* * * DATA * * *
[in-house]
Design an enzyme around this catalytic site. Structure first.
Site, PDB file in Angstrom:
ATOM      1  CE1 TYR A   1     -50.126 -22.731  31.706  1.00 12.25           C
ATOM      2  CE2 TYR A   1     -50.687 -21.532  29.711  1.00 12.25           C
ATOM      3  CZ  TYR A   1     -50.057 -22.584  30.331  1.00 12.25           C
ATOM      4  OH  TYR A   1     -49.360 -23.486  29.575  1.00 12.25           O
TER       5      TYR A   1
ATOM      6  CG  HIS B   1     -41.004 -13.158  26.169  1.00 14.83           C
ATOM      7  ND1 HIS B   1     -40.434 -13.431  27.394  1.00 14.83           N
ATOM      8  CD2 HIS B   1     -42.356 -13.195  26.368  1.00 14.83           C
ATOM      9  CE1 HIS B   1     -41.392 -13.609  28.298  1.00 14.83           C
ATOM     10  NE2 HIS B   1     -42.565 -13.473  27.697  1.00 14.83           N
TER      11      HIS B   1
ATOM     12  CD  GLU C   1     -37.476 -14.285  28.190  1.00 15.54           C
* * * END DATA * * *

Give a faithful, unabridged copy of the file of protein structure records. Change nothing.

[in-house]
Design an enzyme around this catalytic site. Structure first.
Site, PDB file in Angstrom:
ATOM      1  CE1 TYR A   1     -50.126 -22.731  31.706  1.00 12.25           C
ATOM      2  CE2 TYR A   1     -50.687 -21.532  29.711  1.00 12.25           C
ATOM      3  CZ  TYR A   1     -50.057 -22.584  30.331  1.00 12.25           C
ATOM      4  OH  TYR A   1     -49.360 -23.486  29.575  1.00 12.25           O
TER       5      TYR A   1
ATOM      6  CG  HIS B   1     -41.004 -13.158  26.169  1.00 14.83           C
ATOM      7  ND1 HIS B   1     -40.434 -13.431  27.394  1.00 14.83           N
ATOM      8  CD2 HIS B   1     -42.356 -13.195  26.368  1.00 14.83           C
ATOM      9  CE1 HIS B   1     -41.392 -13.609  28.298  1.00 14.83           C
ATOM     10  NE2 HIS B   1     -42.565 -13.473  27.697  1.00 14.83           N
TER      11      HIS B   1
ATOM     12  CD  GLU C   1     -37.476 -14.285  28.190  1.00 15.54           C